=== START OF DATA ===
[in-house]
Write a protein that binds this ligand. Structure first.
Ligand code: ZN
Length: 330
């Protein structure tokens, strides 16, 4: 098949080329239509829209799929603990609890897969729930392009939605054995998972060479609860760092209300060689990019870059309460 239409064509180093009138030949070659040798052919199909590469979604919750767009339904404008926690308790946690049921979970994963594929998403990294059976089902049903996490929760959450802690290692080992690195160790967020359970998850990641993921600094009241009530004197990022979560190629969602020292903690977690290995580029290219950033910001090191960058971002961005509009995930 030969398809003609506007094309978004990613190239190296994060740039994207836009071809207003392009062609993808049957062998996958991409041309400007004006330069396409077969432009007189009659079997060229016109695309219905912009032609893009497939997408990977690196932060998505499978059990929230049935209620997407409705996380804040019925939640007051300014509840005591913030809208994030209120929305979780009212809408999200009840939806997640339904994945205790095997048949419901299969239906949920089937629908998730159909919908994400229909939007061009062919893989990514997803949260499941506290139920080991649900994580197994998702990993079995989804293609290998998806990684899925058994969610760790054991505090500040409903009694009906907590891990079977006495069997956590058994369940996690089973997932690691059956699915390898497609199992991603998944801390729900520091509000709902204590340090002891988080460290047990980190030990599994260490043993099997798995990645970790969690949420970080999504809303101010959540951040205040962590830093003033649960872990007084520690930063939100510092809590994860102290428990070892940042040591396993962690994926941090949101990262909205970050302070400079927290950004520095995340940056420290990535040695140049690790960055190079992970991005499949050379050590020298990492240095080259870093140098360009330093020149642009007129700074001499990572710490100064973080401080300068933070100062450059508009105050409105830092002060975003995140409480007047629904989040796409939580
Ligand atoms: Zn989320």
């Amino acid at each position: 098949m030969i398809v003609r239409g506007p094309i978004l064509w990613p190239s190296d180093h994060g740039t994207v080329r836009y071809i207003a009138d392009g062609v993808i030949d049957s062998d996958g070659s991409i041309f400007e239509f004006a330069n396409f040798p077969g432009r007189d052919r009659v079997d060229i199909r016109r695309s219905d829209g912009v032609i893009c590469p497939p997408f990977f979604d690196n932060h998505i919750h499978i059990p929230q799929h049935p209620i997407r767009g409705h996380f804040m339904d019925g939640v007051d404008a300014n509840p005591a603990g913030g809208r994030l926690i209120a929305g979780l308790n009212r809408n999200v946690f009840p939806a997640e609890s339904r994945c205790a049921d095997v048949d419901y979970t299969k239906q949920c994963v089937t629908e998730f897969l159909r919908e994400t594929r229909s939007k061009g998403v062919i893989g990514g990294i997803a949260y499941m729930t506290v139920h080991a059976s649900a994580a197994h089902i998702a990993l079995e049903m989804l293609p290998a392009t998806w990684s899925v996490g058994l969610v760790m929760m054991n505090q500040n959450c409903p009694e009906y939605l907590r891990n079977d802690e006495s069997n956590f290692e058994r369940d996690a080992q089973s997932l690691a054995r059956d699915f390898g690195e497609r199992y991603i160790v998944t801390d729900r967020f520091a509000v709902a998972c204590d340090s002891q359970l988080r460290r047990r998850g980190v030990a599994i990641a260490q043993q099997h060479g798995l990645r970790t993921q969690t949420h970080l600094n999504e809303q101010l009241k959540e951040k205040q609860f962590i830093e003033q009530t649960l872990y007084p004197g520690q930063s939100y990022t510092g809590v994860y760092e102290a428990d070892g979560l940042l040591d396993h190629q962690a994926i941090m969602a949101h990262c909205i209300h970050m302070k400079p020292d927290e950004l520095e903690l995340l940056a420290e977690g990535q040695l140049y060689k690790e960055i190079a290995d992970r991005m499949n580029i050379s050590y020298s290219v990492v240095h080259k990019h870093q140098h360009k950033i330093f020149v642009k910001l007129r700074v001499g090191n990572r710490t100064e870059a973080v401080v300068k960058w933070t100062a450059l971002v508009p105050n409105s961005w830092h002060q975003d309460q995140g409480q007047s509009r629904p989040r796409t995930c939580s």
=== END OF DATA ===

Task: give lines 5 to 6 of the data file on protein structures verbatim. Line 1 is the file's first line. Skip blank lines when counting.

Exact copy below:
């Protein structure tokens, strides 16, 4: 098949080329239509829209799929603990609890897969729930392009939605054995998972060479609860760092209300060689990019870059309460 239409064509180093009138030949070659040798052919199909590469979604919750767009339904404008926690308790946690049921979970994963594929998403990294059976089902049903996490929760959450802690290692080992690195160790967020359970998850990641993921600094009241009530004197990022979560190629969602020292903690977690290995580029290219950033910001090191960058971002961005509009995930 030969398809003609506007094309978004990613190239190296994060740039994207836009071809207003392009062609993808049957062998996958991409041309400007004006330069396409077969432009007189009659079997060229016109695309219905912009032609893009497939997408990977690196932060998505499978059990929230049935209620997407409705996380804040019925939640007051300014509840005591913030809208994030209120929305979780009212809408999200009840939806997640339904994945205790095997048949419901299969239906949920089937629908998730159909919908994400229909939007061009062919893989990514997803949260499941506290139920080991649900994580197994998702990993079995989804293609290998998806990684899925058994969610760790054991505090500040409903009694009906907590891990079977006495069997956590058994369940996690089973997932690691059956699915390898497609199992991603998944801390729900520091509000709902204590340090002891988080460290047990980190030990599994260490043993099997798995990645970790969690949420970080999504809303101010959540951040205040962590830093003033649960872990007084520690930063939100510092809590994860102290428990070892940042040591396993962690994926941090949101990262909205970050302070400079927290950004520095995340940056420290990535040695140049690790960055190079992970991005499949050379050590020298990492240095080259870093140098360009330093020149642009007129700074001499990572710490100064973080401080300068933070100062450059508009105050409105830092002060975003995140409480007047629904989040796409939580
Ligand atoms: Zn989320």